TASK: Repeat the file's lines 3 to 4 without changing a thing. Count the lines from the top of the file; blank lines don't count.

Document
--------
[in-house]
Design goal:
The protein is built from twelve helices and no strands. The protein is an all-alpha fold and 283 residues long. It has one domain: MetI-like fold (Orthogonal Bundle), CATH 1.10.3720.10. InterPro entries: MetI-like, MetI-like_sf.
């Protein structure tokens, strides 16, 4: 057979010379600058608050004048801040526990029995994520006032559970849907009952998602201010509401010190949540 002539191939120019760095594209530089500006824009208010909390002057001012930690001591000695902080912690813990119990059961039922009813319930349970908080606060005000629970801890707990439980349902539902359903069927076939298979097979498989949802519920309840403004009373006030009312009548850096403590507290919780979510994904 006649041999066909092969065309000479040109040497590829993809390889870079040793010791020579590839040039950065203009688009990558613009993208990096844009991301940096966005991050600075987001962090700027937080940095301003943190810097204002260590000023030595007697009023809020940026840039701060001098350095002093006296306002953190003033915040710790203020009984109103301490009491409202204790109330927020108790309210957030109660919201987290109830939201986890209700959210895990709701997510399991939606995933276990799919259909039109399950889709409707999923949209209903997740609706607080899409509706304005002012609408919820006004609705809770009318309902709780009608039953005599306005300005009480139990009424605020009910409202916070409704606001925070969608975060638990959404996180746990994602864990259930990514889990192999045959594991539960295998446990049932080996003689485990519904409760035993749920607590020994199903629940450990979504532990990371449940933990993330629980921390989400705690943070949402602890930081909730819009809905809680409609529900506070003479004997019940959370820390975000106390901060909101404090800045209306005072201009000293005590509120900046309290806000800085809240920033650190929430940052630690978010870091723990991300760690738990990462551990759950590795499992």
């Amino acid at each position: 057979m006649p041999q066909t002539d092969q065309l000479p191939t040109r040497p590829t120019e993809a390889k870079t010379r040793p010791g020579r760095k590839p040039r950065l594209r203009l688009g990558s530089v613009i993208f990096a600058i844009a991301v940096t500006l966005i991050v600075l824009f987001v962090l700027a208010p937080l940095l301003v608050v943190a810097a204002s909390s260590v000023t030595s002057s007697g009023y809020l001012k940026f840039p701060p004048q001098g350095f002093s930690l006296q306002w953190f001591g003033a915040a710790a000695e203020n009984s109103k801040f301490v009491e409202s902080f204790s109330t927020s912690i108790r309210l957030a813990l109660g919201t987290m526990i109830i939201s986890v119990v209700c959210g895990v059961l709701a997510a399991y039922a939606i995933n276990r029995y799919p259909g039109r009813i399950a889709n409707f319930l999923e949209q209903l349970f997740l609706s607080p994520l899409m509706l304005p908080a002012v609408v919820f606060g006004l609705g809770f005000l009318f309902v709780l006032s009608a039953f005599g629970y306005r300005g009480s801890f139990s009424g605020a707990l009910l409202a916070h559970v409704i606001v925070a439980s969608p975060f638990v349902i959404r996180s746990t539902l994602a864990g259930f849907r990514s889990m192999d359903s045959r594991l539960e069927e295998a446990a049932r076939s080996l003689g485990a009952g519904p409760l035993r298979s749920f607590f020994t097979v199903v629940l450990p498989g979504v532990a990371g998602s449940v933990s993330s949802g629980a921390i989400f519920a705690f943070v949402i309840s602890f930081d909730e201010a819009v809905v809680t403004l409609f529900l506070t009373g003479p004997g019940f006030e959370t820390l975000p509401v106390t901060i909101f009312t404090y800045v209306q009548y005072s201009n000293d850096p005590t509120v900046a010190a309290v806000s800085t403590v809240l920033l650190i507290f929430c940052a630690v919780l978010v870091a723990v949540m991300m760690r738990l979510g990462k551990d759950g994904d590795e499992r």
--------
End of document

The protein is built from twelve helices and no strands. The protein is an all-alpha fold and 283 residues long. It has one domain: MetI-like fold (Orthogonal Bundle), CATH 1.10.3720.10. InterPro entries: MetI-like, MetI-like_sf.
């Protein structure tokens, strides 16, 4: 057979010379600058608050004048801040526990029995994520006032559970849907009952998602201010509401010190949540 002539191939120019760095594209530089500006824009208010909390002057001012930690001591000695902080912690813990119990059961039922009813319930349970908080606060005000629970801890707990439980349902539902359903069927076939298979097979498989949802519920309840403004009373006030009312009548850096403590507290919780979510994904 006649041999066909092969065309000479040109040497590829993809390889870079040793010791020579590839040039950065203009688009990558613009993208990096844009991301940096966005991050600075987001962090700027937080940095301003943190810097204002260590000023030595007697009023809020940026840039701060001098350095002093006296306002953190003033915040710790203020009984109103301490009491409202204790109330927020108790309210957030109660919201987290109830939201986890209700959210895990709701997510399991939606995933276990799919259909039109399950889709409707999923949209209903997740609706607080899409509706304005002012609408919820006004609705809770009318309902709780009608039953005599306005300005009480139990009424605020009910409202916070409704606001925070969608975060638990959404996180746990994602864990259930990514889990192999045959594991539960295998446990049932080996003689485990519904409760035993749920607590020994199903629940450990979504532990990371449940933990993330629980921390989400705690943070949402602890930081909730819009809905809680409609529900506070003479004997019940959370820390975000106390901060909101404090800045209306005072201009000293005590509120900046309290806000800085809240920033650190929430940052630690978010870091723990991300760690738990990462551990759950590795499992």